Electronic Smoking Devices (ESDs)
Not Safe for Use in Smokefree Spaces
Electronic cigarettes, or e-cigarettes, are part of a category of products called Electronic Smoking Devices (ESDs), which are designed to mimic combustible tobacco cigarettes and, in most cases, contain varying levels of nicotine.
ESDs are relatively new products that require further study. The scientific evidence on the short-term and long-term health effects of the use of ESDs and exposure to ESD secondhand aerosol is growing, and the initial findings indicate there are risks associated with both use and exposure.
As of July 1, 2018, 752 municipalities, 11 states, and two territories include electronic smoking devices as products that are prohibited from use in 100% smokefree environments.
On December 8, 2016, the U.S. Surgeon General’s Office released “E-Cigarette Use Among Youth and Young Adults: A Report of the Surgeon General,” which comprehensively reviewed the public health issue of e-cigarettes and their impact on U.S. youth and young adults. Studies highlighted in the report cover young adolescents (11-14 years of age); adolescents (15-17 years of age); and/or young adults (18-25 years of age). The report stated that, “E-cigarette use among U.S. youth and young adults is now a major public health concern. E-cigarette use has increased considerably in recent years, growing an astounding 900% among high school students from 2011 to 2015. These products are now the most commonly used form of tobacco among youth in the United States, surpassing conventional tobacco products, including cigarettes, cigars, chewing tobacco, and hookahs. Most e-cigarettes contain nicotine, which can cause addiction and can harm the developing adolescent brain.”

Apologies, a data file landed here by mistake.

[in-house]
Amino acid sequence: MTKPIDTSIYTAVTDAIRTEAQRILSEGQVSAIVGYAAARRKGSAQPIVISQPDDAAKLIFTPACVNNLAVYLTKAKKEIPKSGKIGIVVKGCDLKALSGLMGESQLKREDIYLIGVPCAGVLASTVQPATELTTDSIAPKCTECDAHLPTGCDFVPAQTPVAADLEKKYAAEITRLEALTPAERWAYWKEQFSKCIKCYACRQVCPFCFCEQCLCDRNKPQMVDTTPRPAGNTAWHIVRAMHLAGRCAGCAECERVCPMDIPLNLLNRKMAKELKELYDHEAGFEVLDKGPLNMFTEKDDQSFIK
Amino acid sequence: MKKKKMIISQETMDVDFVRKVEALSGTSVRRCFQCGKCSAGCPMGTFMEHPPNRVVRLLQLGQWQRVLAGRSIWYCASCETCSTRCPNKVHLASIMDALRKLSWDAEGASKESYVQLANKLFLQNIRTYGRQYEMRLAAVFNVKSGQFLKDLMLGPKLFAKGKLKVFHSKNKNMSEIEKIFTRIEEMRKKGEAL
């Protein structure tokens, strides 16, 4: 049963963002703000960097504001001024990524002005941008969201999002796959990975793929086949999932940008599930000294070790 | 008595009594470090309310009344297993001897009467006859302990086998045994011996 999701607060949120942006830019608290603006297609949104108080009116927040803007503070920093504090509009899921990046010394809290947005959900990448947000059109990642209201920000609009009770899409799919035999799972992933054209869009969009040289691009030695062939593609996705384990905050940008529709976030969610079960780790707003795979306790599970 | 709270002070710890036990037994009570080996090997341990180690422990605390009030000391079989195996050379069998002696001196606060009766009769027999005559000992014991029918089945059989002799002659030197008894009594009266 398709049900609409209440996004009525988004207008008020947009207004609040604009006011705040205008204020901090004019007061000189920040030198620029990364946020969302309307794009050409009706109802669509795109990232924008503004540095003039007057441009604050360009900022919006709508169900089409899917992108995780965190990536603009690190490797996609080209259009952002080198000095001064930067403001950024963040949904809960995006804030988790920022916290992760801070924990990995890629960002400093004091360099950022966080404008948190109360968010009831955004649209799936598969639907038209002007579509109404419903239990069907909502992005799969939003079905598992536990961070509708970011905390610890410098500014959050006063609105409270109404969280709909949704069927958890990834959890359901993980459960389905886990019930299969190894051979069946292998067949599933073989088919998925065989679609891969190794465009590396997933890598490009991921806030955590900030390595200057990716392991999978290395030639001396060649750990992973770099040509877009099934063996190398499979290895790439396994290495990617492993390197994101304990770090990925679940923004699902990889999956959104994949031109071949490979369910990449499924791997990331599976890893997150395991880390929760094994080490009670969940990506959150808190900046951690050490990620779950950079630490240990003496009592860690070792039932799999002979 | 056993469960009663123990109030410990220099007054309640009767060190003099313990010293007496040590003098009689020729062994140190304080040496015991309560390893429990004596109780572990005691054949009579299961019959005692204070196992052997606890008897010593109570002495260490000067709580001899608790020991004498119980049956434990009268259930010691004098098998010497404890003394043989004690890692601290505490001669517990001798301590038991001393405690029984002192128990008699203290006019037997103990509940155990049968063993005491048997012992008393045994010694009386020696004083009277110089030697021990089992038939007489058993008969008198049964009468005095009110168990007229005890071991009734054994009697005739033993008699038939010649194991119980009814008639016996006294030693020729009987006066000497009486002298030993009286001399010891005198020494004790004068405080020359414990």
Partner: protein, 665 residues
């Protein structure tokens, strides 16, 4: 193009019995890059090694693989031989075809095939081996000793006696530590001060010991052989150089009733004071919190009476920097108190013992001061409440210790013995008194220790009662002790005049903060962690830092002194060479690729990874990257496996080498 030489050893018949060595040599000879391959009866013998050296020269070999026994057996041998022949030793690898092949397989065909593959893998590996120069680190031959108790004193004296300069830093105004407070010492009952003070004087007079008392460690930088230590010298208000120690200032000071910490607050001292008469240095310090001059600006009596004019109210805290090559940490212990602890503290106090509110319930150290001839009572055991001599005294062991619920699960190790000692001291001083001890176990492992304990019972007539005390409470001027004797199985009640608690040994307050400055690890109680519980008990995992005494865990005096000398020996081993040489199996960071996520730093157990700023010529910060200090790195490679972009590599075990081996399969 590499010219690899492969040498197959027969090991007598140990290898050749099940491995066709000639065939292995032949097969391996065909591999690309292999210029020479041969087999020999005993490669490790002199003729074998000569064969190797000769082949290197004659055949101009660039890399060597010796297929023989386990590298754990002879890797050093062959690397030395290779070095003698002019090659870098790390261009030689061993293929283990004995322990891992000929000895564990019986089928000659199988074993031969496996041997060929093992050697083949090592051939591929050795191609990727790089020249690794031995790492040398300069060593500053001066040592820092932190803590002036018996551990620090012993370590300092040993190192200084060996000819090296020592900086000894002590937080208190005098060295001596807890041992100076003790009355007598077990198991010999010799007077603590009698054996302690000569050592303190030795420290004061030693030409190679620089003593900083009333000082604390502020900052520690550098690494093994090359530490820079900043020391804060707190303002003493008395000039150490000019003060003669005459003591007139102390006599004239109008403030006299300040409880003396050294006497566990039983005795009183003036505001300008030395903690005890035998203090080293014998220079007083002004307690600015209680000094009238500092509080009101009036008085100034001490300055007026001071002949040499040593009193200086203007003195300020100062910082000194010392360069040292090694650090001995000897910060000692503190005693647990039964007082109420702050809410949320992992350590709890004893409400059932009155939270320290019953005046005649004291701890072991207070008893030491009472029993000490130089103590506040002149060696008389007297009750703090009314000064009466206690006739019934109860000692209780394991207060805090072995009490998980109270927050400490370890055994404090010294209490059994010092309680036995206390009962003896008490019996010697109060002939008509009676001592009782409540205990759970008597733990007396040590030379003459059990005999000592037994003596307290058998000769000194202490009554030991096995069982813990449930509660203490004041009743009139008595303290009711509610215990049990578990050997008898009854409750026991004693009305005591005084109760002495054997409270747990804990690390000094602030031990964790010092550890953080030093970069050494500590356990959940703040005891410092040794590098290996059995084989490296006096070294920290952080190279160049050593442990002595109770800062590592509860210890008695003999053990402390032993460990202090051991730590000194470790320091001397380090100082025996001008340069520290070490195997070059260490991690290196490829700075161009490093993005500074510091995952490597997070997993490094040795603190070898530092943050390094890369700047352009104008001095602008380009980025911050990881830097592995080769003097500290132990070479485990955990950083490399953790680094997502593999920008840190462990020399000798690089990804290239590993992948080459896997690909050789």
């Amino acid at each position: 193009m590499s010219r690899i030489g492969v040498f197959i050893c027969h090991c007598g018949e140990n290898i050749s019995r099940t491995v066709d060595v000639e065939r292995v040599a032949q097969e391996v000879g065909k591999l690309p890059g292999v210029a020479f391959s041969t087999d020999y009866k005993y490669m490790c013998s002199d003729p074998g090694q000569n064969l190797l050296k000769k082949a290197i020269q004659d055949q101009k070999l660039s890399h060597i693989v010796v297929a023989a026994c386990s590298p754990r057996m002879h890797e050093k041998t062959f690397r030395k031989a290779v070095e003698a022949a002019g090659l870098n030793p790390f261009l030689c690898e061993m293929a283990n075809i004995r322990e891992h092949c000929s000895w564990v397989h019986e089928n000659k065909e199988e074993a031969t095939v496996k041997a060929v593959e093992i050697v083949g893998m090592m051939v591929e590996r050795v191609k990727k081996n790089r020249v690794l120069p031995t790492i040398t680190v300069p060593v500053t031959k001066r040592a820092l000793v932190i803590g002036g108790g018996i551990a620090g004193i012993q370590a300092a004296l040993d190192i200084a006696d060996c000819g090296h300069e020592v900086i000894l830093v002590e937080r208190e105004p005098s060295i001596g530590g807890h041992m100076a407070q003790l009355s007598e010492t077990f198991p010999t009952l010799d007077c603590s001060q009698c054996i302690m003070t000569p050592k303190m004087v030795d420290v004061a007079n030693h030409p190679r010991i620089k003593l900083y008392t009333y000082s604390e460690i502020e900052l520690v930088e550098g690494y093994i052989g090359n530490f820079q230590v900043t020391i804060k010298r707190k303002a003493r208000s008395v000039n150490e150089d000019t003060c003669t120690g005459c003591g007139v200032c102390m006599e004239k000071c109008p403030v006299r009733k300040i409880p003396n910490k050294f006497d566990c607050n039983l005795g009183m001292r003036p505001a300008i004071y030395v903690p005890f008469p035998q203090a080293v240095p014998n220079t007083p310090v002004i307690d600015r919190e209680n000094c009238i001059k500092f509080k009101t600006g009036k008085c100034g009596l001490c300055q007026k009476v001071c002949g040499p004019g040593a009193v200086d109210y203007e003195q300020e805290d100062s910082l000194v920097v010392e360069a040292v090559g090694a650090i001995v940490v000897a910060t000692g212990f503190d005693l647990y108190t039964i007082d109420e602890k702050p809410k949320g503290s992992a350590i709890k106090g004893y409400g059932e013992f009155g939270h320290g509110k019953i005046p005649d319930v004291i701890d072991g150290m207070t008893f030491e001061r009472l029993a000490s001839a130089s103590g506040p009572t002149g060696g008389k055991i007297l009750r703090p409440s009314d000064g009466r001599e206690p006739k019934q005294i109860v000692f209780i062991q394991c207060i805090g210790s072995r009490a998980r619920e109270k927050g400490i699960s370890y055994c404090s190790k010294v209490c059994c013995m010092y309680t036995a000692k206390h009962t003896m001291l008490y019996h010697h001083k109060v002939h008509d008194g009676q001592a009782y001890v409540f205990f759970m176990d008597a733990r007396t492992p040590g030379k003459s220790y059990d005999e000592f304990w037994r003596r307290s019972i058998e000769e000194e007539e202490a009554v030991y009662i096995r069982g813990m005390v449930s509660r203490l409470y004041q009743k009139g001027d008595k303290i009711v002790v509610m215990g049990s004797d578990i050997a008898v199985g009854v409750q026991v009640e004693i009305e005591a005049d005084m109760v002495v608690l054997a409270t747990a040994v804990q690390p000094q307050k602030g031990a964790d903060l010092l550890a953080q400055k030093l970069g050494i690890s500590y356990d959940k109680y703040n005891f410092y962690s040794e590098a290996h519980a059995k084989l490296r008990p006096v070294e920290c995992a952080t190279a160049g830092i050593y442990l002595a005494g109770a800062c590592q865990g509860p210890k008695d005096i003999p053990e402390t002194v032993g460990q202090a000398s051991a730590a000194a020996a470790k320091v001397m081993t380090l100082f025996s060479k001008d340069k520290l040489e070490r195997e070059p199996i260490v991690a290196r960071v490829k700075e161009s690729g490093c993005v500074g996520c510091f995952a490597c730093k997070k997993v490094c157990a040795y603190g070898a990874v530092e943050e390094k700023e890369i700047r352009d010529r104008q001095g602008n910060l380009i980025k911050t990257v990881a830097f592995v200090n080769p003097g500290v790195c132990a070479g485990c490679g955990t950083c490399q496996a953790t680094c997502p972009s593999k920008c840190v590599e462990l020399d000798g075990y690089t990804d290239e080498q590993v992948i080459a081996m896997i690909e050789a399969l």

Surgeon General Dr. Vivek H. Murthy stated at the press conference announcing the report:
“Secondhand aerosol from electronic smoking devices is not harmless water vapor. The aerosol created by e-cigarettes can contain ingredients that are harmful and potentially harmful to the public’s health, including: nicotine; ultrafine particles; flavorings such as diacetyl, a chemical linked to serious lung disease; volatile organic compounds such as benzene, which is found in car exhaust; and heavy metals, such as nickel, tin, and lead. State and local leaders should take action to address e-cigarette use and exposure to secondhand aerosol by including e-cigarettes into smokefree policies and laws, preventing access to e-cigarettes by youth, price and tax policies, retail licensure, regulation of e-cigarette marketing likely to attract youth, and educational initiatives targeting youth and young adults.”
The Dangers of E-Cigarettes
Electronic cigarettes and ESDs also pose a risk of fire and explosions, which result in serious injuries and property damage. Our staff has collected various news stories about such events. Please be advised that many of these stories contain graphic and upsetting photos of injuries.
Electronic (e-) Cigarettes and Secondhand Aerosol
Learn more about potential health hazards of secondhand aerosol (a.k.a. vapor) emitted by electronic cigarettes and electronic smoking devices.